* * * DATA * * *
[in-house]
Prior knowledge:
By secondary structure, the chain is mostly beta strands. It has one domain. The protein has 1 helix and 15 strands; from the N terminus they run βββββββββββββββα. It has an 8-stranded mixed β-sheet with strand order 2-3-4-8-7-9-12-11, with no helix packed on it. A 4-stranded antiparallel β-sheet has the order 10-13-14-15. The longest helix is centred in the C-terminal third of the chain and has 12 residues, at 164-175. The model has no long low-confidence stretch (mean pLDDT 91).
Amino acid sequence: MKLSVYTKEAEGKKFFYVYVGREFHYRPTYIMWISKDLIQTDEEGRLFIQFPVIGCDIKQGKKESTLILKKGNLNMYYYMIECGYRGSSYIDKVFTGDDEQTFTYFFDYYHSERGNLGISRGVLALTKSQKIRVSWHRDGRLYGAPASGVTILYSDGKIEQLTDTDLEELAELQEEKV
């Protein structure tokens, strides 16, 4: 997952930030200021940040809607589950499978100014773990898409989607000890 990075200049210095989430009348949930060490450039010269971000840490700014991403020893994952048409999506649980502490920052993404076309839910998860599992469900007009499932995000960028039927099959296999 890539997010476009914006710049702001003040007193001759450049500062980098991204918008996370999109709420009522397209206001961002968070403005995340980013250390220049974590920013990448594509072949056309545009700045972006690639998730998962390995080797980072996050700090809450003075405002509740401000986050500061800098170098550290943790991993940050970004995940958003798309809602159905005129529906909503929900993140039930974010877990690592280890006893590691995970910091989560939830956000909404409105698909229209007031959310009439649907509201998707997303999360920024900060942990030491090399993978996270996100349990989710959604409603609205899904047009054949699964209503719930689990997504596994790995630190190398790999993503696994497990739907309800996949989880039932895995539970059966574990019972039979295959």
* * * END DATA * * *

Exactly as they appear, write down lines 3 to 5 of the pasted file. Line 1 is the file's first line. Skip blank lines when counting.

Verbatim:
By secondary structure, the chain is mostly beta strands. It has one domain. The protein has 1 helix and 15 strands; from the N terminus they run βββββββββββββββα. It has an 8-stranded mixed β-sheet with strand order 2-3-4-8-7-9-12-11, with no helix packed on it. A 4-stranded antiparallel β-sheet has the order 10-13-14-15. The longest helix is centred in the C-terminal third of the chain and has 12 residues, at 164-175. The model has no long low-confidence stretch (mean pLDDT 91).
Amino acid sequence: MKLSVYTKEAEGKKFFYVYVGREFHYRPTYIMWISKDLIQTDEEGRLFIQFPVIGCDIKQGKKESTLILKKGNLNMYYYMIECGYRGSSYIDKVFTGDDEQTFTYFFDYYHSERGNLGISRGVLALTKSQKIRVSWHRDGRLYGAPASGVTILYSDGKIEQLTDTDLEELAELQEEKV
């Protein structure tokens, strides 16, 4: 997952930030200021940040809607589950499978100014773990898409989607000890 990075200049210095989430009348949930060490450039010269971000840490700014991403020893994952048409999506649980502490920052993404076309839910998860599992469900007009499932995000960028039927099959296999 890539997010476009914006710049702001003040007193001759450049500062980098991204918008996370999109709420009522397209206001961002968070403005995340980013250390220049974590920013990448594509072949056309545009700045972006690639998730998962390995080797980072996050700090809450003075405002509740401000986050500061800098170098550290943790991993940050970004995940958003798309809602159905005129529906909503929900993140039930974010877990690592280890006893590691995970910091989560939830956000909404409105698909229209007031959310009439649907509201998707997303999360920024900060942990030491090399993978996270996100349990989710959604409603609205899904047009054949699964209503719930689990997504596994790995630190190398790999993503696994497990739907309800996949989880039932895995539970059966574990019972039979295959």